"Unsubstantiated Accusations" by Swift Boat Vets?

Plus: Times still sliming Duke lacrosse players and Wal-Mart employees are fat, poor and sick.
Times At It Again: "Unsubstantiated Accusations" by Swift Boat Vets
"The [Belgian] ambassadorship will be filled by Sam Fox, a major Republican donor who had withdrawn his name for the job in late March when it became clear that Democrats on the Foreign Relations Committee were lining up against him. Mr. Fox donated $50,000 to the group Swift Boat Veterans for Truth that opposed Senator John Kerry during his 2004 presidential campaign. The group attacked Mr. Kerry's record in the Vietnam War with advertising that included unsubstantiated accusations that he had not earned his war medals." - Jim Rutenberg, April 5. The Times used the term "unsubstantiated" over 20 times in relation to the Swift Boat allegations. The paper has never described Democratic accusations that Bush was AWOL from the Texas National Guard as "unsubstantiated."

Wal-Mart Employees: Fat, Poor & Sick
"The challenges for Wal-Mart are significant. Its workers earn, on average, less than $20,000 a year, which means that fitness and ecology are, by necessity, relatively low priorities. Wal-Mart attracts a transient work force, with frequent turnover making it difficult to train people over time. And a disproportionate number of its employees suffer from chronic diseases that stem in part from poor eating habits." - Business reporter Michael Barbaro, April 5.

Al Gore, "Science Guru"
"Clearly. I mean, he is a very, very unique hybrid of sort of pop culture icon and science 'guru.' And, you know, he's very compelling in a lot of the more compelling narratives of the American culture, whether it's Silicon Valley or Hollywood or Washington, Wall Street. And he has certainly developed a piece of all that." - Reporter Mark Leibovich, speaking of Al Gore on PBS's Charlie Rose show, March 21.

Editor: Can We Fit One More "Hardscrabble" into This Sentence?
"The story of Sam Ross has the makings of a ballad, with its heart-rending arc from hardscrabble childhood to decorated war hero to hardscrabble adulthood." - From Deborah Sontag's profile of a disabled Iraq War vet, April 5.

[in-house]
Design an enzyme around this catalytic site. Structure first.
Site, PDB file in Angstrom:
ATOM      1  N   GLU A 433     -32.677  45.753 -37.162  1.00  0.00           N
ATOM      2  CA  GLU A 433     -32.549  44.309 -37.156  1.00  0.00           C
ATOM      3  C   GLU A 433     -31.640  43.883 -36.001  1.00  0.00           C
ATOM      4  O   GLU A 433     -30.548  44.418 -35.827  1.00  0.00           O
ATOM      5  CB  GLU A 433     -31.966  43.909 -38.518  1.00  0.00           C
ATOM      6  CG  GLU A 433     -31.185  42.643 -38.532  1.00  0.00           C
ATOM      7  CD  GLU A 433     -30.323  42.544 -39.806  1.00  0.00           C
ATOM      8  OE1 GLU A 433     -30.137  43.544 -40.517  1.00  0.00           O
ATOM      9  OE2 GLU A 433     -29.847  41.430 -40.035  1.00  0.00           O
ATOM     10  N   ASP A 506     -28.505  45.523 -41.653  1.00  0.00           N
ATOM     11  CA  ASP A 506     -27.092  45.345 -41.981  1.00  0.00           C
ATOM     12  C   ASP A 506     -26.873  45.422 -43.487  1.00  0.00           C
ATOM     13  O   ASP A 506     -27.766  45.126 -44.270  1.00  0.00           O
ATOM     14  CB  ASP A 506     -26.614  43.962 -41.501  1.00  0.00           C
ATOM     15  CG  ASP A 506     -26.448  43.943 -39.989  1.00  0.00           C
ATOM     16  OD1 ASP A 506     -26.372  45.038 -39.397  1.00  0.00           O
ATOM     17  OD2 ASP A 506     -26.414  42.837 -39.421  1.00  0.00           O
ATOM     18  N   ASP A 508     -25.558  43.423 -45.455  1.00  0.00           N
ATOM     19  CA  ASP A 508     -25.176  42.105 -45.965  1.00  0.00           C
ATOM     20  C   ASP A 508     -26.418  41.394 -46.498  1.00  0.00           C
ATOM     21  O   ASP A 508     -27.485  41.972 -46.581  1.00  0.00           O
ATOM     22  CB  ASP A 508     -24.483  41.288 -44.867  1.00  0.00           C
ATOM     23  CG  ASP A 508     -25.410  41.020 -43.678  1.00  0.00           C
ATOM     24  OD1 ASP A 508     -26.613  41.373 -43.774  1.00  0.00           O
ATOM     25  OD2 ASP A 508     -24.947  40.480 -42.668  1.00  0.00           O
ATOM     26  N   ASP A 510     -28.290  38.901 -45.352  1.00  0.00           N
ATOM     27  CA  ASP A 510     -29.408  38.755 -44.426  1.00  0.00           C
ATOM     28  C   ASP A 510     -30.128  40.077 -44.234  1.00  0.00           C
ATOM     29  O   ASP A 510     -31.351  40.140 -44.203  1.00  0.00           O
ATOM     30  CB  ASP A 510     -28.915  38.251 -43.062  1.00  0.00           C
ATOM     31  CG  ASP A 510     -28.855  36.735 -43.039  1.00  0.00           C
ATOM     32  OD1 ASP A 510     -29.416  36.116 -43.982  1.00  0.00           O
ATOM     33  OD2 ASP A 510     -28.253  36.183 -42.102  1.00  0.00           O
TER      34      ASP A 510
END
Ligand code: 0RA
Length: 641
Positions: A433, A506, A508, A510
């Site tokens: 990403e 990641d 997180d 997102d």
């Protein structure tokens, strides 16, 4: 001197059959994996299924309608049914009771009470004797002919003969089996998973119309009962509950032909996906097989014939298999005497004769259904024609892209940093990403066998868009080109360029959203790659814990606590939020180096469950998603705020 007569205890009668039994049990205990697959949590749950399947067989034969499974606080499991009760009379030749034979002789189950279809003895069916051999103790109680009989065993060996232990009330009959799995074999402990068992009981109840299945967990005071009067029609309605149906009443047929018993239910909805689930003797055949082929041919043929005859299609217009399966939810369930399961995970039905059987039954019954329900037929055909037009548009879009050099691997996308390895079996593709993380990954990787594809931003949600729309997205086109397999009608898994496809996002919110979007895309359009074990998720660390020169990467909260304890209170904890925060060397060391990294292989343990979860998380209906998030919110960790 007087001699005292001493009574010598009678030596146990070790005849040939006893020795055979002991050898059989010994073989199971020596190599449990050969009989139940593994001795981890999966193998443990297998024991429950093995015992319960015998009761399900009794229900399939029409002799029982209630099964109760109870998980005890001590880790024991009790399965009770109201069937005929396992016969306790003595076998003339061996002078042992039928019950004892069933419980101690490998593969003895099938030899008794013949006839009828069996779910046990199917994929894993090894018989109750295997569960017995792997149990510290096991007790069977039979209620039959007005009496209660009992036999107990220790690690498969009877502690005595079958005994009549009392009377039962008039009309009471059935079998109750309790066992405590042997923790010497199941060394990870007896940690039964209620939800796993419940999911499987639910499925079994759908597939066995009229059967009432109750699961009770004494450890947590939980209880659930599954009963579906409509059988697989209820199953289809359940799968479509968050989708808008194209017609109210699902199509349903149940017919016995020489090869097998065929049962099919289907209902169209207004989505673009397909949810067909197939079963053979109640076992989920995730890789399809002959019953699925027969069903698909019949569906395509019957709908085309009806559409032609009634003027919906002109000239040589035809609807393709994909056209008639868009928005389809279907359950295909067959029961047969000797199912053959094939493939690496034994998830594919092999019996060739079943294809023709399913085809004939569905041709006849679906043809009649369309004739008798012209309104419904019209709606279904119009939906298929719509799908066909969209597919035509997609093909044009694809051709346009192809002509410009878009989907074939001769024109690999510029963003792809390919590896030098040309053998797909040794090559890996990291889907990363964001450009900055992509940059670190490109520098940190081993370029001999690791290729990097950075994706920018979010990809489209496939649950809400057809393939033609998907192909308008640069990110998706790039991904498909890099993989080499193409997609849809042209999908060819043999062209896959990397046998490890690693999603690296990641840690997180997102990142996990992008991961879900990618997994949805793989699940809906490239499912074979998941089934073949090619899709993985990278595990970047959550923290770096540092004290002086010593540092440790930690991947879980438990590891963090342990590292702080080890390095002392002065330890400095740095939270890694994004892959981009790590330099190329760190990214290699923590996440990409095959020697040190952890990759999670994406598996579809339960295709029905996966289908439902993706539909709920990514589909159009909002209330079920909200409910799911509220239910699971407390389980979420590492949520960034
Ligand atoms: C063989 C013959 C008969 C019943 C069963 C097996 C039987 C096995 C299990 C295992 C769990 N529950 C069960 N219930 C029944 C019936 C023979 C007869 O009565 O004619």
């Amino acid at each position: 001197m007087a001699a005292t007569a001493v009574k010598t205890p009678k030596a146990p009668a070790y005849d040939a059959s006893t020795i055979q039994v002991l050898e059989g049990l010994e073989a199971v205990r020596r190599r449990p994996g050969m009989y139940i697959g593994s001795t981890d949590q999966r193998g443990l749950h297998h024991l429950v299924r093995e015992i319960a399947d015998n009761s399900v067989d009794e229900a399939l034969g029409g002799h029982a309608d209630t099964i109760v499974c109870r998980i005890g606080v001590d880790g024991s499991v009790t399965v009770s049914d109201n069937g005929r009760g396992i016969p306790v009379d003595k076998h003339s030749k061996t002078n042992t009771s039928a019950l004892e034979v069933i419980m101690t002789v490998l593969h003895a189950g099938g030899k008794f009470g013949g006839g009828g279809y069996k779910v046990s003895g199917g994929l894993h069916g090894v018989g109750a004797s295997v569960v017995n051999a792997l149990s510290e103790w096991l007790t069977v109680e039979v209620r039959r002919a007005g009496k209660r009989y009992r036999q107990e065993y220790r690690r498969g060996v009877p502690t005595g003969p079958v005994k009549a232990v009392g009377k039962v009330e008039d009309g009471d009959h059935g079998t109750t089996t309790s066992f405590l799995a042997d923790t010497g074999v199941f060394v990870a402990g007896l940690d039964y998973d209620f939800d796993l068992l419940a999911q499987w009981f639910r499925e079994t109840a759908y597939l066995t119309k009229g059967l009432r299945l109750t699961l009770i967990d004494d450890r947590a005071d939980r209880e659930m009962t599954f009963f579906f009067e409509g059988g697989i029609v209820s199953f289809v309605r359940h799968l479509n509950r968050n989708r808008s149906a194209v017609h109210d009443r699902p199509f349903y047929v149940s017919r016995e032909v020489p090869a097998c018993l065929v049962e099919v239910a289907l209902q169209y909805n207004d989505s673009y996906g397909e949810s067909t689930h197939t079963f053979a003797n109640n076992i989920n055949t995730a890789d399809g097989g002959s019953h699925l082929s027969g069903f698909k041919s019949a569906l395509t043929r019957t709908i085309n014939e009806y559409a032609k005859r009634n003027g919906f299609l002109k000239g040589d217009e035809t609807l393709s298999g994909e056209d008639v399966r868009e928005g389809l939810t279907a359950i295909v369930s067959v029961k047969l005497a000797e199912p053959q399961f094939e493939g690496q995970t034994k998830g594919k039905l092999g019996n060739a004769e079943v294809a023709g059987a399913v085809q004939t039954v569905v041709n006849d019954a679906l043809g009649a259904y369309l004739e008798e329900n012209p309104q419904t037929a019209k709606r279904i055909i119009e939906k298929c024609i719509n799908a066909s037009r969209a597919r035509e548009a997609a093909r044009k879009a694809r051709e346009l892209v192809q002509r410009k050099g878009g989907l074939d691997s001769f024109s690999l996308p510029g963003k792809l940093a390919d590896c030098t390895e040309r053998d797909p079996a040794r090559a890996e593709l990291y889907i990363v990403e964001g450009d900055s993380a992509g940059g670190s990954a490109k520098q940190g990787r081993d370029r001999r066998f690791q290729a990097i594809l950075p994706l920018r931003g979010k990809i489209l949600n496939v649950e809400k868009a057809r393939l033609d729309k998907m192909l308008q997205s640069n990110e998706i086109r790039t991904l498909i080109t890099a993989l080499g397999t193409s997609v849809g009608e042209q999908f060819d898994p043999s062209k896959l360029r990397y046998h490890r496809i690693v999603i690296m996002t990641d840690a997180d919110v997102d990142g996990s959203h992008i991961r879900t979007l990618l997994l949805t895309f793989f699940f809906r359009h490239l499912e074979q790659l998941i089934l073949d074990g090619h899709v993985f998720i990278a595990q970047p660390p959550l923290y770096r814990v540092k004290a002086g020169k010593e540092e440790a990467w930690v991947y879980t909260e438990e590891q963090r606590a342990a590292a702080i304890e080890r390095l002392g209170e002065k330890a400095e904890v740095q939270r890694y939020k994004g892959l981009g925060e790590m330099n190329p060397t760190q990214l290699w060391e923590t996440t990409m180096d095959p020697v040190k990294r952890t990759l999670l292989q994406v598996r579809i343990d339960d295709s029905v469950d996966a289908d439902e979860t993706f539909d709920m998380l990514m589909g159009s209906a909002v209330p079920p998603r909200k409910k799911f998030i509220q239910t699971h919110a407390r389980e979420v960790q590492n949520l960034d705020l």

Selena Roberts Slams Innocent Duke Players
"Don't mess with Duke, though. To shine a light on its integrity has been treated by the irrational mighty as a threat to white privilege. Feel free to excoriate the African-American basketball stars and football behemoths for the misdeeds of all athletes, but lay off the lacrosse pipeline to Wall Street, excuse the khaki-pants crowd of SAT wonder kids." - Sports columnist Selena Roberts, still attacking the Duke lacrosse players even after the "rape" case against them came apart, March 25.

Gee, Who Might He Be Referring To?
"Even for the Greek gods, what goes around comes around. If Zeus has the upper hand in Aeschylus' 'Prometheus Bound,' it is a sure bet that Prometheus, the Olympian rebel who defied authority and saved the human race, will have the last laugh. In a smart revival directed by James Kerr for the Aquila Theater Company, enhanced by David Oyelowo's splendid performance as Prometheus, the fifth-century B.C. lessons about the abuse of power by an autocratic ruler who runs roughshod over anyone who disagrees with him are not lost on a 21st-century audience. Just plug in names from today's headlines for any of the characters." - Theatre critic William Hampton, March 27.

Makes Sense To Us
"The high viewer turnout for 'Idol,' which is on tonight, cannot solely be explained by technological advances or a regression in human nature. It cannot be a coincidence that television voting rights arose so soon after the 2000 election left slightly more than half the voting population feeling cheated. Those who didn't go to the polls and fear that their abstention inadvertently made possible the invasion of Iraq may feel even worse. 'Idol' could be a displacement ritual: a psychological release that allows people to vote - and even vote often - in a contest that has no dangerous or even lasting consequences. (Even losers win out in the end: both Mr. Gore and Jennifer Hudson ended up on the Oscar stage.) Maybe the reason that more people didn't turn out for the 2004 presidential race, despite the closeness of the tally four years earlier, is that they were still in denial and distracted by 'American Idol.'" - Television critic Alessandra Stanley, April 4.

Al Qaeda Detainee Just "Another Westerner in Search of Meaning"?
"Mr. Hicks, now a plump 31-year-old, has been described as another Westerner in search of meaning in his days in Afghanistan in 2001. The prosecutors say Mr. Hicks once complained to Osama bin Laden about the lack of Qaeda training materials in English." - William Glaberson on Australian Al Qaeda detainee David Hicks, March 28.